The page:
I found fragments of additional evidence supporting these claims. A former U.S. State Department official involved with Bosnia, for example, said he believed the 1992 ethnic cleansing campaign was directed from Belgrade by Serbian state security. In the first months of the Bosnian war, he said, "state security operatives fanned out across Bosnia initiating, leading, and controlling the fighting in different districts."[77] The United States had satellite imagery and radio intercepts in support of his claim, he said, but refused to specify details. Boro, the veteran Belgrade war correspondent, painted a similar picture. "State security sent men to each Bosnian municipality looking for trusted persons who would act as allies," he explained. "These ‘trusted persons’ would be told that the area needed to be secured for reasons of convoy security or military strategy, and that as a result, the Muslims needed to be cleared out." At times, local police chiefs ran the operations, while on other occasions, hospital directors or mayors were the major coordinating figures. "You'll never find one method or one chain of command for ethnic cleansing," Boro explained, "because in each area, the person or group responsible for carrying out the ethnic cleansing was different. Each commander used a different method based on the different tools he had."[78] Aleksandar, a war correspondent for Vreme, a liberal Serbian weekly, said state security typically recruited men with assets such as warehouses, trucking companies, or municipal jobs. "Those people were most useful because they could store weapons and provide vehicles when necessary," Aleksandar explained.[79]

Miroslav, a young man who fought with an elite Serb military unit in Croatia, recounted an experience supporting Aleksandar's account of Belgrade's clandestine mobilization and coordination efforts.[80] In early 1991, Miroslav said, a local merchant in his village was recruited by Yugoslav federal military intelligence agents as their local contact. "I don't know why he was chosen," he said. "Perhaps because they trusted him,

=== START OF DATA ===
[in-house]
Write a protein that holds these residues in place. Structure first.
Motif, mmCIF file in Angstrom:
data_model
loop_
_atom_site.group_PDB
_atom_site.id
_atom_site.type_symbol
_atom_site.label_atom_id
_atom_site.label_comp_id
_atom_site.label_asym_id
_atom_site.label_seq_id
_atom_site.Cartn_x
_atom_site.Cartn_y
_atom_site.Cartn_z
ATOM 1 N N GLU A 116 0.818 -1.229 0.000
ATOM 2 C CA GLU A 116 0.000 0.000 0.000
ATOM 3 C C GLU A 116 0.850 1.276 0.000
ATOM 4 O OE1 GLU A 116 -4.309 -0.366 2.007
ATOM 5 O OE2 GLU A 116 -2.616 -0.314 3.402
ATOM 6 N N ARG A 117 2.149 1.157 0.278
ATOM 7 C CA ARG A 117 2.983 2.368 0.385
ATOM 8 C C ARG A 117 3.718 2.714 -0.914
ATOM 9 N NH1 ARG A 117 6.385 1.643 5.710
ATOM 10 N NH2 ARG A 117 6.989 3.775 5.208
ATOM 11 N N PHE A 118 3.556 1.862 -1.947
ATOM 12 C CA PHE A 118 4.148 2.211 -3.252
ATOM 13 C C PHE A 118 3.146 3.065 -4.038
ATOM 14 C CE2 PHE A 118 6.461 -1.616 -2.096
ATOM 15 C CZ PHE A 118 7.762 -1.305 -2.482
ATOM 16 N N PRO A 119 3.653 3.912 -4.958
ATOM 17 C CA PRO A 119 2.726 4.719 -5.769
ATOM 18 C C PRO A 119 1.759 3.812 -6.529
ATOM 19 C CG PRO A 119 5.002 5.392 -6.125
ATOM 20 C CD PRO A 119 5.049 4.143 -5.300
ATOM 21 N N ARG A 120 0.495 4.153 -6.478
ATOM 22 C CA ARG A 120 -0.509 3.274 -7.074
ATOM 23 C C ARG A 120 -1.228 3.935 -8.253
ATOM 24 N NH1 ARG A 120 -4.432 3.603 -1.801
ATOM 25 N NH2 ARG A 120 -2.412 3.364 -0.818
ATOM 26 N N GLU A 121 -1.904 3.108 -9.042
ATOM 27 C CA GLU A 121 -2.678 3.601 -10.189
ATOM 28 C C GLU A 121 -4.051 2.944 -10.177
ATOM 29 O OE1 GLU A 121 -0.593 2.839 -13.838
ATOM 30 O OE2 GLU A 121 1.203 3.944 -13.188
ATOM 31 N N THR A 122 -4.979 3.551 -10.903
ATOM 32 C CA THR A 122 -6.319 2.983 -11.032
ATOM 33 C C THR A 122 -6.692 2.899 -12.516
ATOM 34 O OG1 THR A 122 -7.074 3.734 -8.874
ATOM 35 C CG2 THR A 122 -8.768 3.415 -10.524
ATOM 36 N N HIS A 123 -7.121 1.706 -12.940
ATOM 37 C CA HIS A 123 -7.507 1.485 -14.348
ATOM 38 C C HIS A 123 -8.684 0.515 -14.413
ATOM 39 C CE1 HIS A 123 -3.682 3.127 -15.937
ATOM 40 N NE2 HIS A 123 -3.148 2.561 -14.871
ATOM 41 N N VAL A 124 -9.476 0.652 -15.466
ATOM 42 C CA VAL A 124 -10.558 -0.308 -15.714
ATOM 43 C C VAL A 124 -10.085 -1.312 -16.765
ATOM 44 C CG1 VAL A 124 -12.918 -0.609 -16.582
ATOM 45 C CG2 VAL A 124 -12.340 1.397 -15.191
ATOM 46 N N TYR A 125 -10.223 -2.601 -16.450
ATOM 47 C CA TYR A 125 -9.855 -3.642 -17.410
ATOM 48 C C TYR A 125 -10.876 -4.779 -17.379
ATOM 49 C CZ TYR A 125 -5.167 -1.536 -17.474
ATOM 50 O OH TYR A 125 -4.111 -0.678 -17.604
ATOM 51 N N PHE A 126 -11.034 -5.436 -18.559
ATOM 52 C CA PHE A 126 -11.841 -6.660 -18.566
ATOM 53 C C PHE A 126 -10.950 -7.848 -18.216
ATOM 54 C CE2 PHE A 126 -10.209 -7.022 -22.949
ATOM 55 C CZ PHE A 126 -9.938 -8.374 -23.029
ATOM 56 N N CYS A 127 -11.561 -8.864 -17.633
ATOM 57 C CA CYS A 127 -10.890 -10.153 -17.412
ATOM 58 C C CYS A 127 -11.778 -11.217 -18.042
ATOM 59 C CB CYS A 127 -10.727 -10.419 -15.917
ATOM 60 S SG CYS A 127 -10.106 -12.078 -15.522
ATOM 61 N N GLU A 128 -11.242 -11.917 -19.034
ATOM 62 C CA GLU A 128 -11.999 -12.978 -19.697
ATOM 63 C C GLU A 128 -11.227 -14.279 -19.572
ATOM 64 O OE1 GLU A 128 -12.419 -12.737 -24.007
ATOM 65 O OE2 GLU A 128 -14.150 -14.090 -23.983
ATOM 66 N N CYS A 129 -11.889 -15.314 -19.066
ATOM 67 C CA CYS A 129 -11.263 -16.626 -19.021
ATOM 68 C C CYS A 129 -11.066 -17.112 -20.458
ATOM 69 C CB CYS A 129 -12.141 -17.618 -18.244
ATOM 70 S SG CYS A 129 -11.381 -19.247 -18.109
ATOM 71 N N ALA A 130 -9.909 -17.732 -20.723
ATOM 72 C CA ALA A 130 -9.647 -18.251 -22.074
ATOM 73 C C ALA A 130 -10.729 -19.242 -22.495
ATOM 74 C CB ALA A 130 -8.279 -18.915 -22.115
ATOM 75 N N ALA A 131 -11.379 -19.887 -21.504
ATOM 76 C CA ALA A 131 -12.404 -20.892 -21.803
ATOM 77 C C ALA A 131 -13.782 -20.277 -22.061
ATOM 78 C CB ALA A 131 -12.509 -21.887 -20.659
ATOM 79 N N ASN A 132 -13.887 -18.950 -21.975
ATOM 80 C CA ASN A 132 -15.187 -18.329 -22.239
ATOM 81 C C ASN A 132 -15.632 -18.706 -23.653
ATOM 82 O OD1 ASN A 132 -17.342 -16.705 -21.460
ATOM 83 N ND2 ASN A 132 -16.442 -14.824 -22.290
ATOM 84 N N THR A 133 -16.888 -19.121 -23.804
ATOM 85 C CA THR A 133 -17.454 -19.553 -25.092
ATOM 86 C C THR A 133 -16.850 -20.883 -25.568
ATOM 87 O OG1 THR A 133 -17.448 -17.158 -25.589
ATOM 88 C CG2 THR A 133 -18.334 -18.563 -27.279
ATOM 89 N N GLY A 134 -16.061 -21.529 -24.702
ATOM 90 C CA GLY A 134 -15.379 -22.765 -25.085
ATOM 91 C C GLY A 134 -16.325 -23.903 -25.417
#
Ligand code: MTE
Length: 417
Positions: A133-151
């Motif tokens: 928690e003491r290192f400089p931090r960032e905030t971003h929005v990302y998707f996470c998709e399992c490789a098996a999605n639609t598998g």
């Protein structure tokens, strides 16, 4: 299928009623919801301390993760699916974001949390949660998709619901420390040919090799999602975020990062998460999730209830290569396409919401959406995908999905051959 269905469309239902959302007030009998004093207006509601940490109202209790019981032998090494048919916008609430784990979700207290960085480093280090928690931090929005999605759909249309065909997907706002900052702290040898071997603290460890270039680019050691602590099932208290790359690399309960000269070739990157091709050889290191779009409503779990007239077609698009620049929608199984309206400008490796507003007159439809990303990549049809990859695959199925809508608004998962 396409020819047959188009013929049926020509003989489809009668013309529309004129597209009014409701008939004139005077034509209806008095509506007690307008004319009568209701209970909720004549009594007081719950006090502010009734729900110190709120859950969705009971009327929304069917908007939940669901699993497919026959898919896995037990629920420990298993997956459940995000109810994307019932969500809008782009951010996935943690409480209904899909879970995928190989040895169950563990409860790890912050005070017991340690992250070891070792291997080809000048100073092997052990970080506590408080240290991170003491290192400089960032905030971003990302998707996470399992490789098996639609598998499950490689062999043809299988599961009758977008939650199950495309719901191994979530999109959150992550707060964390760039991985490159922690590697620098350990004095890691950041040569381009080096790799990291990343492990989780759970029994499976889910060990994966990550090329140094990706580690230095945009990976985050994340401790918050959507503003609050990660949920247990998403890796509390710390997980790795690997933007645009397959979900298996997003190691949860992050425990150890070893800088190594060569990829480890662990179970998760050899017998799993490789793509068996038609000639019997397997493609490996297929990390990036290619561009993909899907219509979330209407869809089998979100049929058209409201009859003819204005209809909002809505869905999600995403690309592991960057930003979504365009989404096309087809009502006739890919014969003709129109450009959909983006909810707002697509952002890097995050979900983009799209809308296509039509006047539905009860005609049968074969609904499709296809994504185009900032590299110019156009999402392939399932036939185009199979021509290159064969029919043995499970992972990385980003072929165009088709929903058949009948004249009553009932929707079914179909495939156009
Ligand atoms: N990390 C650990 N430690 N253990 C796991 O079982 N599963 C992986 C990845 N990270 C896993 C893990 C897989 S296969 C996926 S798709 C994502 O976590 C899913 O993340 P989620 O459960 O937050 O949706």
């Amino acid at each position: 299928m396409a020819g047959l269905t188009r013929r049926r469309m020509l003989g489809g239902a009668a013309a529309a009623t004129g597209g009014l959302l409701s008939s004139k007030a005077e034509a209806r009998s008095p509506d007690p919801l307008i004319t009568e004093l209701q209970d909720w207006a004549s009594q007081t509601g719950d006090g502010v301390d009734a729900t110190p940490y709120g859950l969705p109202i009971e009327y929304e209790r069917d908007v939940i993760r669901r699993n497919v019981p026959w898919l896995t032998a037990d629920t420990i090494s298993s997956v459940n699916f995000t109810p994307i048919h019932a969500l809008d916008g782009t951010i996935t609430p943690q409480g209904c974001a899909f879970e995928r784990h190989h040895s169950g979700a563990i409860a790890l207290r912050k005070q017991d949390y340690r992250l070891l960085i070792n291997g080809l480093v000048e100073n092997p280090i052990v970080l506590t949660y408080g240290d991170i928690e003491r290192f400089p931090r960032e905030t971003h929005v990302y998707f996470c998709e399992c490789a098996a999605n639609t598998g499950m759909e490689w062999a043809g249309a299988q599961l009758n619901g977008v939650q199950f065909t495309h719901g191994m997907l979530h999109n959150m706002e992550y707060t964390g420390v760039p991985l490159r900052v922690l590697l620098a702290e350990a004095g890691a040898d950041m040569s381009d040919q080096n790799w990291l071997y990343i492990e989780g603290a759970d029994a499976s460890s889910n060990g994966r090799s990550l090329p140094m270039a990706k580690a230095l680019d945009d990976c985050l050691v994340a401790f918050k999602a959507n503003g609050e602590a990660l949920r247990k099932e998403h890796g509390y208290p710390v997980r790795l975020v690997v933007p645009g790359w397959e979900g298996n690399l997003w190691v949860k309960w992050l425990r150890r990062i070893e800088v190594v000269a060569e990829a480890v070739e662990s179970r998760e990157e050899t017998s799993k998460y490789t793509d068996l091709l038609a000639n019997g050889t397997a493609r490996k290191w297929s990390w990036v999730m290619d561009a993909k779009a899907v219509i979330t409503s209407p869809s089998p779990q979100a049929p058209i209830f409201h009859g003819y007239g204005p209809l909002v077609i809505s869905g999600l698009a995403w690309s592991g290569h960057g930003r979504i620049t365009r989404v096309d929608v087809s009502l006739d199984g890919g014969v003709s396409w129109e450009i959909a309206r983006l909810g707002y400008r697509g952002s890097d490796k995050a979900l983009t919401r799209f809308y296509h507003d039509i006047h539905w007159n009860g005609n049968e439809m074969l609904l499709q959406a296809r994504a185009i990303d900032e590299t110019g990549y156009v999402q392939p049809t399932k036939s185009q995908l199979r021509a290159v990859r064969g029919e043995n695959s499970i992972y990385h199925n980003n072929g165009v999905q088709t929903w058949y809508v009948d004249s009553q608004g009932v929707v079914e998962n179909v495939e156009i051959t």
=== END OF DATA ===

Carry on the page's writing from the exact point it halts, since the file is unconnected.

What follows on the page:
or because he was generally respected by everyone." The merchant organized a local group of men who trained together in 1991 in preparation for fighting with Croat republican forces. Every week, Miroslav recalled, the group would go to the woods where they would be met by a representative of Yugoslav military intelligence, who occasionally delivered a truckload of weapons. Although Miroslav's experiences took place in Croatia, similar mechanisms may well have been used in Bosnia.

The most compelling evidence for Serbia's cross-border role, however, came directly from Daniel Snidden, an Australian Serb with a military background who trained Serbian militias in Croatia.[81] Snidden said Serbian state security agents approached him in Belgrade during 1991 and requested that he assess the potential of local Serb militias in Croatia. Later, state security asked Snidden to organize a training course; his trainees, schooled at the "Alpha center" in the Serb-held Krajina region of Croatia, became elite members of the local ethnic Serb army, and some even volunteered to fight in Bosnia. In a separate conversation, Colonel Stevo, one of Snidden's aides, claimed Snidden's fighters were directly controlled by Serbian state security. The men were given official state security identification cards and dog tags, Colonel Stevo said, and Snidden himself received his orders directly from Belgrade.[82] "Other units may have been under the local Serb authorities," Colonel Stevo claimed, "but we were the direct responsibility of Serbia."

Most of the men recruited by Serbian state security were not as glamorous as Daniel Snidden, who later ran a famed veterans' assistance group in Belgrade. Dragutin, a former truck driver, was at the very bottom of the Military Line's network.[83] When I met him in early 1997, Dragutin worked for another and much smaller veterans' association in Belgrade, lobbying the Serbian government on behalf of former paramilitary fighters. Prior to that, he said, he had fought in Croatia and Bosnia. In a series of meetings, Dragutin gradually revealed details about his recruitment by Serbian state security, explaining they originally approached him "because my father had been a police chief in his town." He said state security was searching for men whom they could trust to fight for the Serbian people, and were recruiting heavily among Dragutin's acquaintances in 1990–91. "Everybody was either an agent, working part time for state security, or pretending to be an agent," he recalled. Some men were true patriots, he said, but others simply sought war booty. "People said you could make money in the field," Dragutin explained. I learned more details about Dragutin's activities from Tomo, an ethnic Serb from Krajina who said he had worked for local Serb military